Page:A biographical dictionary of eminent Scotsmen, vol 6.djvu/124

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preferred before the church judicatories by Mr Sydserf, minister of Dumbarton, " who," says Chalmers, "after a judicial trial, was obliged to make a public apology, for having maliciously accused calumniated innocence." In October, 1735, he was appointed one of the masters of the high school of Edinburgh, and in 1737, with the assistance of Ruddiman and Robert Hunter, he edited a very handsome edition of the Translation of the Psalms of Buchanan, which at- tracted the notice of the duke of Buccleuch, and obtained for the editor in 1739 the rectorship of the grammar school of Dalkeith ; a situation which has for a long period been deemed of considerable importance, and very ably filled, but which would not now be considered an advancement from that which Love previously enjoyed. In the following year he engaged in the controversy about the respective merits of Johnston and Buchanan as translators of the Psalms, known by the name of Bellum Grammaticale, and already referred to in our memoir of Arthur Johnston. He was of course the supporter of the work he had edited. " The conquests which Love had made over Trotter and Lauder," says Chalmers, " probably gave him a fondness for controversy." In 1749, he published " A Vindication of Mr George Buchanan," a work levelled at the imputations of Camden on the one part, and the reflections of Ruddiman, his former friend, on the other. It says much for the candour of Love, that Chal- mers allows him to have been actuated by " honest zeal." The chief subject of discussion was the alleged penitence of Buchanan on his deathbed, on account of his attacks on the character of queen Mary. In July, 1749, in his old age, Ruddiman published an answer, termed " Animadversions on a late pamphlet, entitled A Vindication of Mr George Buchanan." The venerable grammarian survived his opponent, who died on the 20th September, 1750, at the age of fifty-five. Chalmers admits that " he was certainly an eminent scholar, an ex- cellent teacher, and a good man."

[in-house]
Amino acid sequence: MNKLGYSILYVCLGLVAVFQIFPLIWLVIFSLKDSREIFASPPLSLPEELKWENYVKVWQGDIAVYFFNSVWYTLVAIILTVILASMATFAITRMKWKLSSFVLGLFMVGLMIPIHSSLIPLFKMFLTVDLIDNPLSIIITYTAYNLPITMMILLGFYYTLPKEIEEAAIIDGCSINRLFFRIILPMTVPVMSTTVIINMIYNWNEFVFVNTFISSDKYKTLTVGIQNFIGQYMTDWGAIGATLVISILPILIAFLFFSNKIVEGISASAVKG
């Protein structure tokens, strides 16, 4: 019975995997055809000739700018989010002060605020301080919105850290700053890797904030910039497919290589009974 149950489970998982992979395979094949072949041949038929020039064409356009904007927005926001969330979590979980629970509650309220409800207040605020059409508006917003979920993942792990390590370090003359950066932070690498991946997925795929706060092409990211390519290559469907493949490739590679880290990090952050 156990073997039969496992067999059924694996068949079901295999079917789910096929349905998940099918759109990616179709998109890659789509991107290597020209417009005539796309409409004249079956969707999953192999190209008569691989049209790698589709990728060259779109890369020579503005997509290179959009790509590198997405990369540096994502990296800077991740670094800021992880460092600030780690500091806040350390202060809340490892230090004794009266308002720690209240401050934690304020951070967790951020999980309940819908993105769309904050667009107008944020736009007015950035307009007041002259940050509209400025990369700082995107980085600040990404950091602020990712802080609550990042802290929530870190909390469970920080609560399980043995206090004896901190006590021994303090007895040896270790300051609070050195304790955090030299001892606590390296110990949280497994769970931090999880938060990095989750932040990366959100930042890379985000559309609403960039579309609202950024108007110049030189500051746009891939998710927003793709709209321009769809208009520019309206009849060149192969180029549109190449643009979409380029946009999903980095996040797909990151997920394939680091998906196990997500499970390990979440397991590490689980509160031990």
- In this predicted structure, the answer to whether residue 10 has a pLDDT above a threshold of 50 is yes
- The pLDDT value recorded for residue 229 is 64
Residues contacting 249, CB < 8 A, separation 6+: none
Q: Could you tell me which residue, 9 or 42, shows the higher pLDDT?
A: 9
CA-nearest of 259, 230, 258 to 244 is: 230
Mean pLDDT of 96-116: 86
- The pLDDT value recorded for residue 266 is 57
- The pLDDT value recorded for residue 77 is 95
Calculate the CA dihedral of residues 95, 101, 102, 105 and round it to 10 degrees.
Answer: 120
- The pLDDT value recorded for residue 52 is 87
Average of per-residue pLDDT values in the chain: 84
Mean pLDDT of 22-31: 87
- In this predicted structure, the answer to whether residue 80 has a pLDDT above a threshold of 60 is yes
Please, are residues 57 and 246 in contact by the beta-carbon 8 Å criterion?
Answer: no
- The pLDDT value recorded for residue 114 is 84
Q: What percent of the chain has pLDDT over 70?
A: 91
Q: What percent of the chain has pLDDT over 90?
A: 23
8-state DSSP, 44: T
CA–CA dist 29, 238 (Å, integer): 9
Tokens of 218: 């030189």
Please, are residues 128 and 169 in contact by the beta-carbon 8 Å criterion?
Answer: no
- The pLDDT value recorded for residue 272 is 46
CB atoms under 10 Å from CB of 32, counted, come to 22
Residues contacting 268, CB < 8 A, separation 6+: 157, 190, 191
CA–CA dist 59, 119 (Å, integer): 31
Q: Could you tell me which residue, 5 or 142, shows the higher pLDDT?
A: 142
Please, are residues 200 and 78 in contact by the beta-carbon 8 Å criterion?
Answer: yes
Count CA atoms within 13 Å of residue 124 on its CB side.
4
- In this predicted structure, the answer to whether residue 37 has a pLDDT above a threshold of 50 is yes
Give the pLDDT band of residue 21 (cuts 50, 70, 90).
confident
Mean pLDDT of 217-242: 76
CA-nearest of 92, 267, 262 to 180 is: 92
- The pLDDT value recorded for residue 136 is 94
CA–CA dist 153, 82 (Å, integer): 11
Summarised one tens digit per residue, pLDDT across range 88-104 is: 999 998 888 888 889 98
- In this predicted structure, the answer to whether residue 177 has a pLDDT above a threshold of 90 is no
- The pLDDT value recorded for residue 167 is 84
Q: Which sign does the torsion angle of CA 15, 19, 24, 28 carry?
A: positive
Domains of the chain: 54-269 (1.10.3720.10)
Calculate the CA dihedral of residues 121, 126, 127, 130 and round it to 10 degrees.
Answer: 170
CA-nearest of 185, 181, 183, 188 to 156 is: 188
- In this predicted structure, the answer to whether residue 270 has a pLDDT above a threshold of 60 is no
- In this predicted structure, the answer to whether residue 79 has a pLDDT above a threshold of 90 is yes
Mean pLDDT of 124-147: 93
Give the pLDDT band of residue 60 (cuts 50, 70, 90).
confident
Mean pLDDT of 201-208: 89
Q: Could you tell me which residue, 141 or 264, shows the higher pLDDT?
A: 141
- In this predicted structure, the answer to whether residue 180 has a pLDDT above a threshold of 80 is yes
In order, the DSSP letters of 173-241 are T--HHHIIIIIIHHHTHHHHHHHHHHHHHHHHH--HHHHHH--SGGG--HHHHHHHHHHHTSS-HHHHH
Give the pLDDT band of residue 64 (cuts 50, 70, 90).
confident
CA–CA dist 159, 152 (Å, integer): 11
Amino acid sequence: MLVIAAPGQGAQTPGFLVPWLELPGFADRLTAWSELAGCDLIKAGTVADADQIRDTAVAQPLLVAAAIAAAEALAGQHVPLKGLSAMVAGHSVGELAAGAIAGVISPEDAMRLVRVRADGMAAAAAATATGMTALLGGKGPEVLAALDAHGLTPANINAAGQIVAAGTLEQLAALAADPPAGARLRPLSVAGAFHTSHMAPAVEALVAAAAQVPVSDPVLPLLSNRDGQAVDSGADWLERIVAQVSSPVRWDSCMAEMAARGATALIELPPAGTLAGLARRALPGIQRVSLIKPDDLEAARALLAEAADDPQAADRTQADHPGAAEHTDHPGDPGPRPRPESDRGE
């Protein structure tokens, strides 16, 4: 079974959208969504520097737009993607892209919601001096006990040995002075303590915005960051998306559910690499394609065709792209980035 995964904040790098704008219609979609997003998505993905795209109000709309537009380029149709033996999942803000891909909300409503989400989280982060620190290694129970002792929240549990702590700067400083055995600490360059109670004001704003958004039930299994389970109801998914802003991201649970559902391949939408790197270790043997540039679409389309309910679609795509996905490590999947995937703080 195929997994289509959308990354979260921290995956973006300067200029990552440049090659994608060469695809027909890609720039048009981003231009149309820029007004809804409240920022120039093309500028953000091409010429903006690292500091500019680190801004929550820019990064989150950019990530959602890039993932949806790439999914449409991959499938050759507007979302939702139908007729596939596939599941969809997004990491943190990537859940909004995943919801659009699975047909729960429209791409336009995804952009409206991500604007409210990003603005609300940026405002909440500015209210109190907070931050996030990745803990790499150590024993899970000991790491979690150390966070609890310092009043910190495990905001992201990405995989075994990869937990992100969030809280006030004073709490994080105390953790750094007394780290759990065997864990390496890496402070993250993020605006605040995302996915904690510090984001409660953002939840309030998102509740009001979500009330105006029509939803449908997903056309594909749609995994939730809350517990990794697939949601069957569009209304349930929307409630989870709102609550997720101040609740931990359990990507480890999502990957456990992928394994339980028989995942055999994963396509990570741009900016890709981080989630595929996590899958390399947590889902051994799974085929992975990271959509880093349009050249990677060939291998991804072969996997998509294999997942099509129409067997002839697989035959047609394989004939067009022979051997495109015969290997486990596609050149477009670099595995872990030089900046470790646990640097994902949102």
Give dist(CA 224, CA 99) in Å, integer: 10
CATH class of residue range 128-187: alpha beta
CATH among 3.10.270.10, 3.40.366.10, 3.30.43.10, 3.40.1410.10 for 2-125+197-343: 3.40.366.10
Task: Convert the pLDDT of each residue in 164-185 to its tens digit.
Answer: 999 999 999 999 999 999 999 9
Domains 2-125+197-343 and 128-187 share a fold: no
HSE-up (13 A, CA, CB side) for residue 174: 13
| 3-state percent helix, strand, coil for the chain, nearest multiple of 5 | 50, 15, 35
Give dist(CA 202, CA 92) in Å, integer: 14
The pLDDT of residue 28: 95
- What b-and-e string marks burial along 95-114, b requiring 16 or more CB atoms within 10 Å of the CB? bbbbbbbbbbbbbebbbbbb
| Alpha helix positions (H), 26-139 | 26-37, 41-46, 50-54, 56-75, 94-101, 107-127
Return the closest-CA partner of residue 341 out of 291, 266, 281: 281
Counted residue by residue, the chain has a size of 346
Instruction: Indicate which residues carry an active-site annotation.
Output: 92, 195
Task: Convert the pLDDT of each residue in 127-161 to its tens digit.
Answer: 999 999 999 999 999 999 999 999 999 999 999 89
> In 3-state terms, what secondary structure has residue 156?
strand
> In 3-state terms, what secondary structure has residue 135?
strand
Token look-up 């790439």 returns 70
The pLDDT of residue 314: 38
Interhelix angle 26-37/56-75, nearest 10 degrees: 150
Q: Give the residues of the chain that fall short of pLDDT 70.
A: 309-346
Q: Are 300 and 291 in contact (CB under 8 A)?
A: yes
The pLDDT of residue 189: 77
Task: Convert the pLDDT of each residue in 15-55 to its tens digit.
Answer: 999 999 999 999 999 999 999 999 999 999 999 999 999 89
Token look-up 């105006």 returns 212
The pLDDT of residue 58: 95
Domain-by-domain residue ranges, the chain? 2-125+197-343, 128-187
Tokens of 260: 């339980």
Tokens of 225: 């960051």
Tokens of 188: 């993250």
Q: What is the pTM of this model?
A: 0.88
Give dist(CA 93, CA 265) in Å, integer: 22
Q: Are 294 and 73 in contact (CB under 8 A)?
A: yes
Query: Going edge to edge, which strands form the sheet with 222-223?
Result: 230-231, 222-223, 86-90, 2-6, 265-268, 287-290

LOW, GEORGE, an ingenious naturalist, was born at Edzel in Forfarshire, in the year 1746. He was educated at the universities of Aberdeen and St Andrews, and afterwards was tutor in the family of Mr Graham at Stromness in Orkney. During his residence at this place, Mr (afterwards Sir Joseph") Banks and Dr Solander arrived at the island, on their return from the last voyage of discovery, in which captain Cook lost his life ; and Mr Low, having acquired a taste for natural history, was much noticed by these distinguished philosophers, and was requested to accompany them in their excursions through the Orkneys, and also to the Shetland islands, which he accordingly did.

In 1774, he was ordained to the ministerial charge of the parish of Birsay and Staray, on the mainland of Orkney, to which he devoted the remainder of his life, employing his leisure in the study of nature. Considering the disad- vantages of his situation, his success was highly creditable. Sir Joseph Banks, with his accustomed zeal for the promotion of science, introduced him to Mr Pennant, by whose advice he engaged to undertake a " Fauna Orcadensis," and a " Flora Orcadensis." Before these works could be given to the world, he died, in 1795. The MSS. of the former work, with his zoological collections, and the manuscript of a translation of Torfjeus's History of Orkney, executed by Mr Low, came into the possession of Mr George Paton, the eminent anti- quary, at whose decease they were sold to different persons. The " Fauna* 1 was published in 1813, 4to, by W. F. Leach, M.D., F.L.S., arid forms a very in- teresting addition to the natural history of the British Islands. The " Flora " has not been discovered. A tour through Orkney and Shetland, containing hints relative to their ancient, modern, and natural history, was also prepared for the press by this industrious individual, but, owing to his premature death, was never published.